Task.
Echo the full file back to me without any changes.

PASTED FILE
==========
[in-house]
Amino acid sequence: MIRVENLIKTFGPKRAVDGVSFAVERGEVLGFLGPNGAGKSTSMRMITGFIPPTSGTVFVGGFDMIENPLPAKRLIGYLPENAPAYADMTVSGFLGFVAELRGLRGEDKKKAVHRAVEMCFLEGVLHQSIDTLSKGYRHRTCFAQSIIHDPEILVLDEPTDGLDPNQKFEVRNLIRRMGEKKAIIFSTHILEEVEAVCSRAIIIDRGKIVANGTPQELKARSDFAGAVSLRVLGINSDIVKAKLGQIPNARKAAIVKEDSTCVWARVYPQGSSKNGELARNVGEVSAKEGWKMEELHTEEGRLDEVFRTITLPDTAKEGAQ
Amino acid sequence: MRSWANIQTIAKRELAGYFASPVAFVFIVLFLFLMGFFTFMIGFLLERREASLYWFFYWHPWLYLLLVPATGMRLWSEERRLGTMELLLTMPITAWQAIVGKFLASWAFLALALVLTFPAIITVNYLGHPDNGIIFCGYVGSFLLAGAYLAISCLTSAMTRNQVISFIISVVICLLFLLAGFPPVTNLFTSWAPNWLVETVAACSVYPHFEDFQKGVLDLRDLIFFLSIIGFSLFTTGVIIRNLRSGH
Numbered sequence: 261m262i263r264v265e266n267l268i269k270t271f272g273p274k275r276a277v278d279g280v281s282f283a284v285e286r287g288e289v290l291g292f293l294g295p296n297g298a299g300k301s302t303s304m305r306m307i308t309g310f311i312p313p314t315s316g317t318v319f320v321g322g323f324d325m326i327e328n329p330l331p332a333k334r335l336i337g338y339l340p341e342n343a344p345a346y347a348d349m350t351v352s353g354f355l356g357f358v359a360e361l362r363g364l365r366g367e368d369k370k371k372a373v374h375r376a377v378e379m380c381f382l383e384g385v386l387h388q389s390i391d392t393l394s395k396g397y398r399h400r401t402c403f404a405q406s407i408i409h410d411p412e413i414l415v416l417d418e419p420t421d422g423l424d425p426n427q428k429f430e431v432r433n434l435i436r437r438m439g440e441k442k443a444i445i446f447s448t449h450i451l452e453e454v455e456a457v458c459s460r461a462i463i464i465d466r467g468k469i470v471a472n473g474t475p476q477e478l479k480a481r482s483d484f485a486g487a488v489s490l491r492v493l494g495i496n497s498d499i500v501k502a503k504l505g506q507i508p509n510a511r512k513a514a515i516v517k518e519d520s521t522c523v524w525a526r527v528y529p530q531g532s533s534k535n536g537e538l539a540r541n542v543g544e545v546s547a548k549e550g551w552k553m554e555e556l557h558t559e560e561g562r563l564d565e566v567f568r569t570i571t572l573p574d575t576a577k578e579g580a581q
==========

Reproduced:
[in-house]
Amino acid sequence: MIRVENLIKTFGPKRAVDGVSFAVERGEVLGFLGPNGAGKSTSMRMITGFIPPTSGTVFVGGFDMIENPLPAKRLIGYLPENAPAYADMTVSGFLGFVAELRGLRGEDKKKAVHRAVEMCFLEGVLHQSIDTLSKGYRHRTCFAQSIIHDPEILVLDEPTDGLDPNQKFEVRNLIRRMGEKKAIIFSTHILEEVEAVCSRAIIIDRGKIVANGTPQELKARSDFAGAVSLRVLGINSDIVKAKLGQIPNARKAAIVKEDSTCVWARVYPQGSSKNGELARNVGEVSAKEGWKMEELHTEEGRLDEVFRTITLPDTAKEGAQ
Amino acid sequence: MRSWANIQTIAKRELAGYFASPVAFVFIVLFLFLMGFFTFMIGFLLERREASLYWFFYWHPWLYLLLVPATGMRLWSEERRLGTMELLLTMPITAWQAIVGKFLASWAFLALALVLTFPAIITVNYLGHPDNGIIFCGYVGSFLLAGAYLAISCLTSAMTRNQVISFIISVVICLLFLLAGFPPVTNLFTSWAPNWLVETVAACSVYPHFEDFQKGVLDLRDLIFFLSIIGFSLFTTGVIIRNLRSGH
Numbered sequence: 261m262i263r264v265e266n267l268i269k270t271f272g273p274k275r276a277v278d279g280v281s282f283a284v285e286r287g288e289v290l291g292f293l294g295p296n297g298a299g300k301s302t303s304m305r306m307i308t309g310f311i312p313p314t315s316g317t318v319f320v321g322g323f324d325m326i327e328n329p330l331p332a333k334r335l336i337g338y339l340p341e342n343a344p345a346y347a348d349m350t351v352s353g354f355l356g357f358v359a360e361l362r363g364l365r366g367e368d369k370k371k372a373v374h375r376a377v378e379m380c381f382l383e384g385v386l387h388q389s390i391d392t393l394s395k396g397y398r399h400r401t402c403f404a405q406s407i408i409h410d411p412e413i414l415v416l417d418e419p420t421d422g423l424d425p426n427q428k429f430e431v432r433n434l435i436r437r438m439g440e441k442k443a444i445i446f447s448t449h450i451l452e453e454v455e456a457v458c459s460r461a462i463i464i465d466r467g468k469i470v471a472n473g474t475p476q477e478l479k480a481r482s483d484f485a486g487a488v489s490l491r492v493l494g495i496n497s498d499i500v501k502a503k504l505g506q507i508p509n510a511r512k513a514a515i516v517k518e519d520s521t522c523v524w525a526r527v528y529p530q531g532s533s534k535n536g537e538l539a540r541n542v543g544e545v546s547a548k549e550g551w552k553m554e555e556l557h558t559e560e561g562r563l564d565e566v567f568r569t570i571t572l573p574d575t576a577k578e579g580a581q